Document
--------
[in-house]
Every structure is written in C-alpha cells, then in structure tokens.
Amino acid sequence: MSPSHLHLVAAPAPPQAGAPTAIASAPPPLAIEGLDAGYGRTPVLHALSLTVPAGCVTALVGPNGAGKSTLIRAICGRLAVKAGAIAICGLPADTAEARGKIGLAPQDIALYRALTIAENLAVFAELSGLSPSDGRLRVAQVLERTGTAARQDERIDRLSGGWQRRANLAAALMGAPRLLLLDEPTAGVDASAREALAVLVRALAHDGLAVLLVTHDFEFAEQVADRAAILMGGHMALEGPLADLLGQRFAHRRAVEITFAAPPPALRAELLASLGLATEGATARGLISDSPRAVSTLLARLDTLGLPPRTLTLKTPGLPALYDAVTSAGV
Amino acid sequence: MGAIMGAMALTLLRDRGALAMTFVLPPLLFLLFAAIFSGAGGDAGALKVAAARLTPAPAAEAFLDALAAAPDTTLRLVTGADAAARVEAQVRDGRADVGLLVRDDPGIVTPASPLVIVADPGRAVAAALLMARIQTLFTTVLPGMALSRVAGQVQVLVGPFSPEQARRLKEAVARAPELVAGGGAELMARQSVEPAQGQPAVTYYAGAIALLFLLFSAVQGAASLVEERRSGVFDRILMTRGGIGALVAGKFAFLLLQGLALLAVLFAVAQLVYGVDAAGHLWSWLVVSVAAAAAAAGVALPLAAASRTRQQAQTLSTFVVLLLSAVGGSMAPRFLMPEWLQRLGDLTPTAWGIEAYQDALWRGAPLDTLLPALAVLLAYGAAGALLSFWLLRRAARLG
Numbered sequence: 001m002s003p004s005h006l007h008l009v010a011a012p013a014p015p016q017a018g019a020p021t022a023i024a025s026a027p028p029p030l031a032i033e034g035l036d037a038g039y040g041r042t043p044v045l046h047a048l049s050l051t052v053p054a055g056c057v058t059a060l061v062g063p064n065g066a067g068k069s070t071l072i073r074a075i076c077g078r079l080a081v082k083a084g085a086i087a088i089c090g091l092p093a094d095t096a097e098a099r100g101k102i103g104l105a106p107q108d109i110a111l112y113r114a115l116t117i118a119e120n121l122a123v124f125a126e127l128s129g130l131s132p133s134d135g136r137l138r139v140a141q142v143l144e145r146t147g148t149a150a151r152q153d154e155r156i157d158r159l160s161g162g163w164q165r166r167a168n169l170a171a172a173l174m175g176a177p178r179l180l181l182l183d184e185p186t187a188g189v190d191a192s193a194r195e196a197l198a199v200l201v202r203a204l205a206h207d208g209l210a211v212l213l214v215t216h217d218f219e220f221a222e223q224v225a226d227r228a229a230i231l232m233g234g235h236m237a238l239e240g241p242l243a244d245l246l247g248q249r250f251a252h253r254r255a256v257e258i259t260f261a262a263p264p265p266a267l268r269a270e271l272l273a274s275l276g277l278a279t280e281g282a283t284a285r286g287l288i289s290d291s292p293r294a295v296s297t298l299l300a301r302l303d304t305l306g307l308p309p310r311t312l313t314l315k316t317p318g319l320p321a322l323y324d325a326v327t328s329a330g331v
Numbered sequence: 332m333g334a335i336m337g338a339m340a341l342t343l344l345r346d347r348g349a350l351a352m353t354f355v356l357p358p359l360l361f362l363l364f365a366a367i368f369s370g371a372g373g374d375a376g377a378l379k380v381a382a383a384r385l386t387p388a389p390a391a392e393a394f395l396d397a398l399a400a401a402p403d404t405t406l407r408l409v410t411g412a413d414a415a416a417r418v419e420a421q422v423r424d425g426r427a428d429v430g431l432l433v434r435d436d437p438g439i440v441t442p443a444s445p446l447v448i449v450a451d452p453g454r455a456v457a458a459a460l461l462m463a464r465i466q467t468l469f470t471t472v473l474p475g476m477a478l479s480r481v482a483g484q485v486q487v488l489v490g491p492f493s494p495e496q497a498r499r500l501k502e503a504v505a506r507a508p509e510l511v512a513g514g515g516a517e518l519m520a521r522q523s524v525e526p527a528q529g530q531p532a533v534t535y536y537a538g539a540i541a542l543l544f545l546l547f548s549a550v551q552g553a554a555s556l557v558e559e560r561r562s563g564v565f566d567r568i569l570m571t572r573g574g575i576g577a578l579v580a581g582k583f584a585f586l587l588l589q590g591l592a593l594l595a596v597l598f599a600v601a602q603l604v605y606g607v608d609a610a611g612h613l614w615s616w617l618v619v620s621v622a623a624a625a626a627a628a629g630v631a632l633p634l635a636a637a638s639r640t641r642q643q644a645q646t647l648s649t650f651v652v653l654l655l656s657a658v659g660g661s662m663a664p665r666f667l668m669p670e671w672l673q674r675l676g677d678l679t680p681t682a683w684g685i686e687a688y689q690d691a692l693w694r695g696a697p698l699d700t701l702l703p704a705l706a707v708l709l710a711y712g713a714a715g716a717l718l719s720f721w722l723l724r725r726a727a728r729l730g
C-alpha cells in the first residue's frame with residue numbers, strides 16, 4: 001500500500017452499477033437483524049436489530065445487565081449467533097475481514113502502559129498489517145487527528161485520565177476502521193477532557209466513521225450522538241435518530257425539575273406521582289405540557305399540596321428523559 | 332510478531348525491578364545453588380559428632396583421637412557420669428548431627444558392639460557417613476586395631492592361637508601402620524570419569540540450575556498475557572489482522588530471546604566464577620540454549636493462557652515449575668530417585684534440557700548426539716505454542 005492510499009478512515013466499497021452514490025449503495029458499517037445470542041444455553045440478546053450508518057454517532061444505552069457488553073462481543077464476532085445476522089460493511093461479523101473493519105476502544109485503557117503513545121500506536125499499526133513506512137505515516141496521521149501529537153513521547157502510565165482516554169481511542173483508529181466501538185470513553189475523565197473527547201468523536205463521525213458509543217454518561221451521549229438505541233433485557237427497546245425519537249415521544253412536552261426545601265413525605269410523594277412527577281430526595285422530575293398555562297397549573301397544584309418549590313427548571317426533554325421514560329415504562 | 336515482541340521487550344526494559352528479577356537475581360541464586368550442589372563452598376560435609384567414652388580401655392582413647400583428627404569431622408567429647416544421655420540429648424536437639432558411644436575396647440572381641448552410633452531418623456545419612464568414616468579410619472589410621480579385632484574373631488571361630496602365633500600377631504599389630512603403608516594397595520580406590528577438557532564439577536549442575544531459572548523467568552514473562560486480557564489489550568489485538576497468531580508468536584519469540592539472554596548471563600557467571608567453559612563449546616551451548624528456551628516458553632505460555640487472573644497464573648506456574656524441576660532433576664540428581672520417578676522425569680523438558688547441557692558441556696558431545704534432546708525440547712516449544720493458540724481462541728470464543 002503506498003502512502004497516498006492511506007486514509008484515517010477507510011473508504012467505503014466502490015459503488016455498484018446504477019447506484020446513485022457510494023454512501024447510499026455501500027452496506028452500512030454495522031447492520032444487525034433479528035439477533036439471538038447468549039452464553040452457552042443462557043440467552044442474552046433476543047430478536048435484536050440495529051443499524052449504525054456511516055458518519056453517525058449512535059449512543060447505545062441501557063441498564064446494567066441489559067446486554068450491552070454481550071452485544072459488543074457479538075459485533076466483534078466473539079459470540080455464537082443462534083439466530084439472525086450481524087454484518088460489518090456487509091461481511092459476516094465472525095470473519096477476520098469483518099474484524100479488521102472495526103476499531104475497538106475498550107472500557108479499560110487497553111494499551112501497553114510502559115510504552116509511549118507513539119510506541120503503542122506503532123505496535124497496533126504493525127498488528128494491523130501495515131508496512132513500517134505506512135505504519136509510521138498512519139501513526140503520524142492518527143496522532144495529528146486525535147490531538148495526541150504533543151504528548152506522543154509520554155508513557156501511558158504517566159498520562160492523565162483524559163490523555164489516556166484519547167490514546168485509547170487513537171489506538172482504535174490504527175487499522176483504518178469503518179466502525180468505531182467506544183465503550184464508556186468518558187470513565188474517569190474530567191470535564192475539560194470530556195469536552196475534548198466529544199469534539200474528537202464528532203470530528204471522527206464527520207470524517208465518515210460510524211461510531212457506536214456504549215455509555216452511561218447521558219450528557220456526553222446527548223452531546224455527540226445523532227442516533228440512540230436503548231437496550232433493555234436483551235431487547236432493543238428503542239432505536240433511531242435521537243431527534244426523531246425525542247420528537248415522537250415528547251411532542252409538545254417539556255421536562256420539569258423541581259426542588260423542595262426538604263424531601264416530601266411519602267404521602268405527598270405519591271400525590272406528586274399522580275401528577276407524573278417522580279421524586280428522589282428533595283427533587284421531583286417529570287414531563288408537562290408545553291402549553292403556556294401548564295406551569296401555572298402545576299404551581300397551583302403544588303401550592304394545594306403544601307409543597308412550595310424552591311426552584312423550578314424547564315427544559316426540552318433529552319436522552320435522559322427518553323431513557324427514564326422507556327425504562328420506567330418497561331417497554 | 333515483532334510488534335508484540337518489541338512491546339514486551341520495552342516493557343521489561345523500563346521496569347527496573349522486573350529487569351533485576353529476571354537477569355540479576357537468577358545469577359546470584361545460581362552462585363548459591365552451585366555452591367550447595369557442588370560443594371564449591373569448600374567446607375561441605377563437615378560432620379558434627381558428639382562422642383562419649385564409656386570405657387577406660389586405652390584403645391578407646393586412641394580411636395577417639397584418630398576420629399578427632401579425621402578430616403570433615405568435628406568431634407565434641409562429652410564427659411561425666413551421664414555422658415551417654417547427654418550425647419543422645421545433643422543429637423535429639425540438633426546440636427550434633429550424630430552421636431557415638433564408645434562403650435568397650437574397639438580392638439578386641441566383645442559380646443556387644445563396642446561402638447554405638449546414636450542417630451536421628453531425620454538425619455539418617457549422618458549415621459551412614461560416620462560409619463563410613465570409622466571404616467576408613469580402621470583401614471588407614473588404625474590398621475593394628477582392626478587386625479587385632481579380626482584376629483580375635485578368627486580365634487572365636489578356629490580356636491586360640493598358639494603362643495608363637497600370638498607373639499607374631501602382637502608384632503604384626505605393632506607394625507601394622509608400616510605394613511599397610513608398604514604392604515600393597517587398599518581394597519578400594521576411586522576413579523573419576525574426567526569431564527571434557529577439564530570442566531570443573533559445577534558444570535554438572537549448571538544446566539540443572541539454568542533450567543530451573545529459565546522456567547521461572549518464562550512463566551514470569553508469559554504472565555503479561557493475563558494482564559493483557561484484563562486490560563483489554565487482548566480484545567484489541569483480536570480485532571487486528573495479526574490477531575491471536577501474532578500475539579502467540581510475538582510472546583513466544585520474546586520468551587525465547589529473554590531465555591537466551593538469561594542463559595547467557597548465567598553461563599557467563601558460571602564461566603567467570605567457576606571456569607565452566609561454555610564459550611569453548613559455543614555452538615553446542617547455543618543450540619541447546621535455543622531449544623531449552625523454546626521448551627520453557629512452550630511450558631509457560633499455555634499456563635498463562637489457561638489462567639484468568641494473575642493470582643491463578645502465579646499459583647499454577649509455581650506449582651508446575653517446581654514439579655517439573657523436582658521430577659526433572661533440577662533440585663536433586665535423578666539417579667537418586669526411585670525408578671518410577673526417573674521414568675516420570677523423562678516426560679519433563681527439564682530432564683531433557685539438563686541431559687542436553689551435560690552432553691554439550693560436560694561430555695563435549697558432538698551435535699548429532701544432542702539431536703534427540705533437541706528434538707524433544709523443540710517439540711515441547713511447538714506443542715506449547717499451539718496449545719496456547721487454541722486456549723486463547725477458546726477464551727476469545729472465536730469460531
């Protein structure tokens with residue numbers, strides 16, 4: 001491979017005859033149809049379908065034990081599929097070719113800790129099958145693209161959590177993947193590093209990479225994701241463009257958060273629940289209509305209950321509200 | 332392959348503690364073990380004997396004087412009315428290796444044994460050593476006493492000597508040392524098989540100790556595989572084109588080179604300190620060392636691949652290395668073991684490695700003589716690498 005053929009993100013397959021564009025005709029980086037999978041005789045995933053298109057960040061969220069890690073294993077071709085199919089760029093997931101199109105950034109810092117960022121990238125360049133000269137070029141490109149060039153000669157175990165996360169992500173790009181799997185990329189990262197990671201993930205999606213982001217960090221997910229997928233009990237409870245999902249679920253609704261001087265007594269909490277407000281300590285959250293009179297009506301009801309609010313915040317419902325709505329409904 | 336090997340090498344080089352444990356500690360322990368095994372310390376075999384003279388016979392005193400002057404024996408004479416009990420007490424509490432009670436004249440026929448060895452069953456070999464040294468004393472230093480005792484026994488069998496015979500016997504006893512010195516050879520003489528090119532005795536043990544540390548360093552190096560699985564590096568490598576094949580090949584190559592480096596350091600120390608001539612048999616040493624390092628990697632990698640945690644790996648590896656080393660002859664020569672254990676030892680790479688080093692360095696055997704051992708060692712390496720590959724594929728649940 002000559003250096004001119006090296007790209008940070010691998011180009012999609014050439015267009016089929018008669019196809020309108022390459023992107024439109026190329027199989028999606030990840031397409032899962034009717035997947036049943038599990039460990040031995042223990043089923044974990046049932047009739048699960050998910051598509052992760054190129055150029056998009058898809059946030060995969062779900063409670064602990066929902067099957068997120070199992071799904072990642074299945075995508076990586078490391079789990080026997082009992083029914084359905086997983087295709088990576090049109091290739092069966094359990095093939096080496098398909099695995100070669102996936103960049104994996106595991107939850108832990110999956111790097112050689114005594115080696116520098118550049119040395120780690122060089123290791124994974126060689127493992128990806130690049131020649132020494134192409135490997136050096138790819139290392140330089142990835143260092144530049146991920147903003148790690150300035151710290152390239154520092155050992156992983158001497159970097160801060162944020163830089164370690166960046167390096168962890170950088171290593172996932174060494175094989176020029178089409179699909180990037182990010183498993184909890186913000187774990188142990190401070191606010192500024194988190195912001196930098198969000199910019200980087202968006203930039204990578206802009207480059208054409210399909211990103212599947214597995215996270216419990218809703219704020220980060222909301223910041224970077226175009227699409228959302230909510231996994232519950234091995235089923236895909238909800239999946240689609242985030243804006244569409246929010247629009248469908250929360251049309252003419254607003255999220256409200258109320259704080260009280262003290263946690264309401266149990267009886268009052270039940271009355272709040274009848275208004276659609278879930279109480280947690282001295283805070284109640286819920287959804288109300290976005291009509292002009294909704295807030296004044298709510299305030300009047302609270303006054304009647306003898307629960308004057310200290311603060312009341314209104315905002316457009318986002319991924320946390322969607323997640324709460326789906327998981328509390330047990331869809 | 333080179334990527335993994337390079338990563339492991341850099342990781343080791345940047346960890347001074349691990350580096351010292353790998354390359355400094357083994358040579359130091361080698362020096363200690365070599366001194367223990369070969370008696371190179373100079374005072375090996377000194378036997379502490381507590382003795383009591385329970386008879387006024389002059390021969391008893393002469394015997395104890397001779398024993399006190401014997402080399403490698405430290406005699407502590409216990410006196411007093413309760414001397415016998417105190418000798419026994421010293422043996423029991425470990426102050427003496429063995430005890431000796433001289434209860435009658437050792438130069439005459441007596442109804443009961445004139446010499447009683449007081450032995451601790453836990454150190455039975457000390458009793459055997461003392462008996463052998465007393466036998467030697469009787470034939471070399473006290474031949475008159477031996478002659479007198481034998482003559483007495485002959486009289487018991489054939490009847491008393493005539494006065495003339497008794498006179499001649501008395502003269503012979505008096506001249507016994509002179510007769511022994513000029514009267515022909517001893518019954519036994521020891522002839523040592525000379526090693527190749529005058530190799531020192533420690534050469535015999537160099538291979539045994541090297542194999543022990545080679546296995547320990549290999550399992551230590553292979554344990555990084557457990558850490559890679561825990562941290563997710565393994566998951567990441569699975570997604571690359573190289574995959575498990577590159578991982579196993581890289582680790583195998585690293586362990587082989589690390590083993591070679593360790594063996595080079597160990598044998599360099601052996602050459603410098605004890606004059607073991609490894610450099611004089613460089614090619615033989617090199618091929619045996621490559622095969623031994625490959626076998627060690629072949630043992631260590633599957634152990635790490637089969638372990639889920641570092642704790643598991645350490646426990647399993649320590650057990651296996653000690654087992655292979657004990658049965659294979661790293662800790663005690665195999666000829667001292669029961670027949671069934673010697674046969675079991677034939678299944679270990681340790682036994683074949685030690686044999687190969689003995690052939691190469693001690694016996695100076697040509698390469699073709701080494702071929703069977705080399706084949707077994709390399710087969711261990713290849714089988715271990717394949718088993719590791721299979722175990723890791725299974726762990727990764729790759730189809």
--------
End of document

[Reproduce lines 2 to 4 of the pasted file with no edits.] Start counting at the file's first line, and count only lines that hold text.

Every structure is written in C-alpha cells, then in structure tokens.
Amino acid sequence: MSPSHLHLVAAPAPPQAGAPTAIASAPPPLAIEGLDAGYGRTPVLHALSLTVPAGCVTALVGPNGAGKSTLIRAICGRLAVKAGAIAICGLPADTAEARGKIGLAPQDIALYRALTIAENLAVFAELSGLSPSDGRLRVAQVLERTGTAARQDERIDRLSGGWQRRANLAAALMGAPRLLLLDEPTAGVDASAREALAVLVRALAHDGLAVLLVTHDFEFAEQVADRAAILMGGHMALEGPLADLLGQRFAHRRAVEITFAAPPPALRAELLASLGLATEGATARGLISDSPRAVSTLLARLDTLGLPPRTLTLKTPGLPALYDAVTSAGV
Amino acid sequence: MGAIMGAMALTLLRDRGALAMTFVLPPLLFLLFAAIFSGAGGDAGALKVAAARLTPAPAAEAFLDALAAAPDTTLRLVTGADAAARVEAQVRDGRADVGLLVRDDPGIVTPASPLVIVADPGRAVAAALLMARIQTLFTTVLPGMALSRVAGQVQVLVGPFSPEQARRLKEAVARAPELVAGGGAELMARQSVEPAQGQPAVTYYAGAIALLFLLFSAVQGAASLVEERRSGVFDRILMTRGGIGALVAGKFAFLLLQGLALLAVLFAVAQLVYGVDAAGHLWSWLVVSVAAAAAAAGVALPLAAASRTRQQAQTLSTFVVLLLSAVGGSMAPRFLMPEWLQRLGDLTPTAWGIEAYQDALWRGAPLDTLLPALAVLLAYGAAGALLSFWLLRRAARLG